1901 - a horse-drawn society
With hindsight, horse-drawn
transport a century ago may appear to us to be doomed. However,
in 1901, horses were still the main form of private and road
transport in Britain. In South Africa, their role in the war
effort was crucial.
The horse was king, and almost
everything grew around him: fodder, smithies, stables, paddocks,
distances and the rhythm of our days. His eight miles an hour
was the limit of our movements, as it had been since the days
of the Romans. That eight miles an hour was life and death,
the size of our world, our prison
Then, to the scream
of the horse, the change began. The brass-lamped motor car
came coughing up the road. Soon the village would break, dissolve
and scatter, become no more than a place for pensioners.
(Laurie Lee's description of village
life before the motor car - Cider with Rosie, 1959)
It has been estimated that there were about 3 ¼ million
horses at work in Britain in 1901. About half of these were
used on farms, but over a million were used commercially,
to pull goods traffic, buses and trams or hackney carriages
for hire. More goods were delivered by horse - an estimated
671 million tons - than by rail.
All this was not displaced overnight by the 'horseless carriage'.
Indeed, until 1950, there were still more horses than tractors
on British farms.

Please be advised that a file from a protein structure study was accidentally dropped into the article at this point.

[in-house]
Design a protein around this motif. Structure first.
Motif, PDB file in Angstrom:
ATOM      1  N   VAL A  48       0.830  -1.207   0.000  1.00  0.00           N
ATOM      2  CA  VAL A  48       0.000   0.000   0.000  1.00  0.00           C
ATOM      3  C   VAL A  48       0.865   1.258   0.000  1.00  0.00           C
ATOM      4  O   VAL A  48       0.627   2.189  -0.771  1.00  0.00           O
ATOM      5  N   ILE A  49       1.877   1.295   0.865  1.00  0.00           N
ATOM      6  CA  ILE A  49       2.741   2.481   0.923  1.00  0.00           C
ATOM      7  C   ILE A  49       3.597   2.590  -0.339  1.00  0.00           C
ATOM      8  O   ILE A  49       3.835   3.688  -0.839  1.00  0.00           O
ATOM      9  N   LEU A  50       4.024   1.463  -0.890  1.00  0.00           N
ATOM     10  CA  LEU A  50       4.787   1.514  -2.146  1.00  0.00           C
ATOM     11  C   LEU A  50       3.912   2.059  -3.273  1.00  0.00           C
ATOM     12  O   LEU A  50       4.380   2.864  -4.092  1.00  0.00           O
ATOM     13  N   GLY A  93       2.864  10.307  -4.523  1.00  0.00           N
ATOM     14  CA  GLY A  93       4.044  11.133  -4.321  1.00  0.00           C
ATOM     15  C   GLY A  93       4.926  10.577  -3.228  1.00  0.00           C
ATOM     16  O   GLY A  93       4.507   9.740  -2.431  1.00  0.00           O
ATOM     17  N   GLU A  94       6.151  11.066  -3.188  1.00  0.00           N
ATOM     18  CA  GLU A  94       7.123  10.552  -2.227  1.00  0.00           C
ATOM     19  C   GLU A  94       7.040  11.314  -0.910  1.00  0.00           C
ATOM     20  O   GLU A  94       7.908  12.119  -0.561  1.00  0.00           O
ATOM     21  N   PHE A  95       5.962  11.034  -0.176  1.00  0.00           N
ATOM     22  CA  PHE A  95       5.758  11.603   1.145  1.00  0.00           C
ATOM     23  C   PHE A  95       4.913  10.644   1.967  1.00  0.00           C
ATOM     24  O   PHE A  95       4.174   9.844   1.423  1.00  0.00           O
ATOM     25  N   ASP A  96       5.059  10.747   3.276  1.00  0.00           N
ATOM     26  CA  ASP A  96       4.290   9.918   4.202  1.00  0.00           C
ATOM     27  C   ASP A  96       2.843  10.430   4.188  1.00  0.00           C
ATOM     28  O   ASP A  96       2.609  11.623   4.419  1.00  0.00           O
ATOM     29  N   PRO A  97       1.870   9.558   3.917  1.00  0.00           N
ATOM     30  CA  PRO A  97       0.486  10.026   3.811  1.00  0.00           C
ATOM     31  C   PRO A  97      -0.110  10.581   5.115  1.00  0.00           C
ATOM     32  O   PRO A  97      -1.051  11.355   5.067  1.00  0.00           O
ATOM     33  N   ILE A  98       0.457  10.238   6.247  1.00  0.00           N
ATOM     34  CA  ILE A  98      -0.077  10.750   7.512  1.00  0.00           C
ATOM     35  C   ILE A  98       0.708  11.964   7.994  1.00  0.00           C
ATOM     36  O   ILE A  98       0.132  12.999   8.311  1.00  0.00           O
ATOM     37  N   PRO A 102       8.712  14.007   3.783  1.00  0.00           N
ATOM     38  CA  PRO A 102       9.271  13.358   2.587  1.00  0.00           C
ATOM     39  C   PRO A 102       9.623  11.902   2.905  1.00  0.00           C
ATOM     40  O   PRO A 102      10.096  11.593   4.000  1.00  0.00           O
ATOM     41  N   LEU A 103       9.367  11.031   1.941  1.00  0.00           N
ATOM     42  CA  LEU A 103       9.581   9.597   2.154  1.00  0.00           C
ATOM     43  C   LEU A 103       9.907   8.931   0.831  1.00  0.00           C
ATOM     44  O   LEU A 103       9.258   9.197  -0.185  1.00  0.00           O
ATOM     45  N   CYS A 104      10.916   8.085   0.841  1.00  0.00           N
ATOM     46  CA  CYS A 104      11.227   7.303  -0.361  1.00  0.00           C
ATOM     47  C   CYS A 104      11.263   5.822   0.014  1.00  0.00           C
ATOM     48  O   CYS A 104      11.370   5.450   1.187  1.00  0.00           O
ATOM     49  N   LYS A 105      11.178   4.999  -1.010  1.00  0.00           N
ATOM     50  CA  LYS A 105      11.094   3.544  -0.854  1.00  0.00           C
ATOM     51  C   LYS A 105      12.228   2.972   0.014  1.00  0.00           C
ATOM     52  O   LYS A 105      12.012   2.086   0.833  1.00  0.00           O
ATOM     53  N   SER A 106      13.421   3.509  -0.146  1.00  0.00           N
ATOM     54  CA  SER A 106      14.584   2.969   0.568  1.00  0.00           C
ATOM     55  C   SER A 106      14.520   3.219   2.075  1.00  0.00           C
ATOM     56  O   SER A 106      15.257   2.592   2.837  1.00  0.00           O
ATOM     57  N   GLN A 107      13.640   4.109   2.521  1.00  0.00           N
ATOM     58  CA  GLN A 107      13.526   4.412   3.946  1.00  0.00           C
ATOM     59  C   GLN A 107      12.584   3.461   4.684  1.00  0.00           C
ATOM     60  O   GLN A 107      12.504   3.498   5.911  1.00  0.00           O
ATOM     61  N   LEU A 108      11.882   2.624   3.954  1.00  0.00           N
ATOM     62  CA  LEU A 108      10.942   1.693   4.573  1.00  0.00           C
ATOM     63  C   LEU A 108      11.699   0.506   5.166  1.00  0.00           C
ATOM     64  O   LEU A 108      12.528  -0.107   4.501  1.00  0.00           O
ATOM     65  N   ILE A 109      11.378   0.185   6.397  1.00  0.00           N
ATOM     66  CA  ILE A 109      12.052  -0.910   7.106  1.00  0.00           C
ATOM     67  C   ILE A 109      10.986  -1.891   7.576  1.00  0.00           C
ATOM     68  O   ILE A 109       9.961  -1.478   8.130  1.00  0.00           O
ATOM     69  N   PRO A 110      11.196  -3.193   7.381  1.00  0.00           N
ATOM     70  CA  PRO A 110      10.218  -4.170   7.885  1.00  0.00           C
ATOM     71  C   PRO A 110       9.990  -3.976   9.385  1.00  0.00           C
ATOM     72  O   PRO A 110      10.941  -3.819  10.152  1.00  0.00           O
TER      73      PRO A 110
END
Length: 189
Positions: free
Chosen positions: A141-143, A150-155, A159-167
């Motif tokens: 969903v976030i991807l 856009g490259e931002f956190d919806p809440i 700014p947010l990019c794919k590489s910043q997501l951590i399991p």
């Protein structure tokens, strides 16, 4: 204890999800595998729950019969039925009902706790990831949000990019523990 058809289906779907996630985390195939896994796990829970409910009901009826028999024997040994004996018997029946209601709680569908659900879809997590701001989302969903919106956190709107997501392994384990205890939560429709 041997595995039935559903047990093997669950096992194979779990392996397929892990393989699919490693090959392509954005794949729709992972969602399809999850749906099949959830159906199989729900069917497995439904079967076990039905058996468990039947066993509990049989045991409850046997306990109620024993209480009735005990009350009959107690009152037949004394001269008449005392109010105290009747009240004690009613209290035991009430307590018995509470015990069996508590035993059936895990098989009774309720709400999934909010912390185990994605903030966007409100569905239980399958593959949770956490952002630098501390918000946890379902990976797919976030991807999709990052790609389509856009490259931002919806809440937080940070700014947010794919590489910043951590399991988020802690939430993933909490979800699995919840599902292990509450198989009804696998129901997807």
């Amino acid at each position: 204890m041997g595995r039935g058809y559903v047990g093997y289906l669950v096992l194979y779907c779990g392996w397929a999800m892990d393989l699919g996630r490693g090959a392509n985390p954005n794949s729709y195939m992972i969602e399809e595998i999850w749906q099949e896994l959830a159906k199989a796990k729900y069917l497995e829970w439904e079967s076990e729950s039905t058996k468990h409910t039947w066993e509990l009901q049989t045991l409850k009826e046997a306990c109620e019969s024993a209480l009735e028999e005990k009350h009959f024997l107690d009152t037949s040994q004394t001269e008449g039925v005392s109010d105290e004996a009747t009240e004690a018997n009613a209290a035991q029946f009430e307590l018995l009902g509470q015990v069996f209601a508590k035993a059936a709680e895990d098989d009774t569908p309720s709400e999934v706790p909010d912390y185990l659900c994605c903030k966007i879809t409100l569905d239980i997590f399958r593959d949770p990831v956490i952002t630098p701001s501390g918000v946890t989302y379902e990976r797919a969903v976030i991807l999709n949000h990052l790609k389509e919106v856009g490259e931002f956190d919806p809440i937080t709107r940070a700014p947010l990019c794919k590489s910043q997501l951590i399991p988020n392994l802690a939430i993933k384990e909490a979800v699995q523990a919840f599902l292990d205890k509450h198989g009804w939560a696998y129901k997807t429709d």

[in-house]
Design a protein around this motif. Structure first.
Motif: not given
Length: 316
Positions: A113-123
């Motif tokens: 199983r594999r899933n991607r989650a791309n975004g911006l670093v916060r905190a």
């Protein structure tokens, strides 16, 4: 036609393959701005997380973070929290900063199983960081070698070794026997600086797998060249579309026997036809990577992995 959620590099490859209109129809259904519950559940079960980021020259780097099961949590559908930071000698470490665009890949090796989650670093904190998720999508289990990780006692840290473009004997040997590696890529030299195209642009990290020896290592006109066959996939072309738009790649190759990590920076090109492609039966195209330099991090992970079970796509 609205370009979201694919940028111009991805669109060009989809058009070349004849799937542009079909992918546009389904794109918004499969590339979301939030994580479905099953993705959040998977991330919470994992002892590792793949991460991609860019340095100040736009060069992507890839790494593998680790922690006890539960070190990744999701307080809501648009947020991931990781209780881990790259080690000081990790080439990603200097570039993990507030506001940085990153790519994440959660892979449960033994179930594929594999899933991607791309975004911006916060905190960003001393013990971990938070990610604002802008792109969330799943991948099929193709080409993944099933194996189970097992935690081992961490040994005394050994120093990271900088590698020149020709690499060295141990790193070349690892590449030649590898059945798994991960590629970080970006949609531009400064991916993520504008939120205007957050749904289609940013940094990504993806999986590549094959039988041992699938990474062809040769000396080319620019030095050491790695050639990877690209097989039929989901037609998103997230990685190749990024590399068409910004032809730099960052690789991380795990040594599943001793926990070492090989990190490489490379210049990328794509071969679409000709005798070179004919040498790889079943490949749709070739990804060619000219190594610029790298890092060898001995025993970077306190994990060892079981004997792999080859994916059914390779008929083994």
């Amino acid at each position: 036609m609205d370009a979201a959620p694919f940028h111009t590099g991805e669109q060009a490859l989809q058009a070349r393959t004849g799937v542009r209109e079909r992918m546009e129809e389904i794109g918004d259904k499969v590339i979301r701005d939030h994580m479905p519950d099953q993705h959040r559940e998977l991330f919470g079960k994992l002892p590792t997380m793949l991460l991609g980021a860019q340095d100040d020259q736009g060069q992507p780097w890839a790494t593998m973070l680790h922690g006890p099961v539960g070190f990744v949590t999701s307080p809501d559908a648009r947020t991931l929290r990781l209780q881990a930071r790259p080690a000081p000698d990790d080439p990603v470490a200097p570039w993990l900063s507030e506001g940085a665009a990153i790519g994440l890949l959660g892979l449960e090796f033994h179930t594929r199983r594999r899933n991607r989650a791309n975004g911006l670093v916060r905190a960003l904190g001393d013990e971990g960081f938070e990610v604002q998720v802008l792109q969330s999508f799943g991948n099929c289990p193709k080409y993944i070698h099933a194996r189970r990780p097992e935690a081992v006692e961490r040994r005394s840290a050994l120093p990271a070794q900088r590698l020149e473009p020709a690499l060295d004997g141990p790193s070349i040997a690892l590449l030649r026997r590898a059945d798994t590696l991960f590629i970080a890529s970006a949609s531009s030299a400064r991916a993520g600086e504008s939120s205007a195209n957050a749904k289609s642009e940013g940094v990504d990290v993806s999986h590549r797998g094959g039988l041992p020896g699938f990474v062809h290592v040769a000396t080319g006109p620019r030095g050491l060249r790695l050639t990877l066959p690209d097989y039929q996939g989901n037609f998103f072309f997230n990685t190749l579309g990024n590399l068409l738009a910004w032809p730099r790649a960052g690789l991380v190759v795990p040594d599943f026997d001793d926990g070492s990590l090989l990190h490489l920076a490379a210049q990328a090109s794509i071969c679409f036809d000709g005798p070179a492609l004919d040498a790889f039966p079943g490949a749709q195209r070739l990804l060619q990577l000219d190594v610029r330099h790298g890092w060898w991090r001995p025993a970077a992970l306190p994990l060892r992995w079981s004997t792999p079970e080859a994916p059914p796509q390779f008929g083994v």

film of the
London streets (taken
in about 1902).
Nevertheless, 1901 was a decisive year for bus transport
in London. At the beginning of the year, all bus services
in London were still horse-drawn. Traffic jams were a major
problem and it was thought by contemporaries that motor transport
would help the situation.
In September 1901 The Times announced the introduction
of 'a service of motor-cars
to carry passengers, at omnibus
fares, between Piccadilly Circus and Putney'. These were 10
horsepower (10 H.P.) wagonettes that could carry up to eight
passengers. Motorised driven public transport burgeoned and
by 1913 London could boast 3,522 motor-buses and over 8,000
motor taxis, but only 142 horse-drawn buses and 1,900 horse-drawn
Horses in war
In the South
African War, a steady
supply of horses was essential to the British troops pursuing
the Boers' mobile columns. In the siege of Kimberley alone,
one cavalry division lost 1,500 horses. Thousands of horses
had to be brought in from as far afield as India, Burma and
Argentina for an army that 'swallowed horses as a modern army
swallows petrol'. By October 1901, The Times reported,
the War Office was supplying South Africa with nearly 10,000
remounts a month.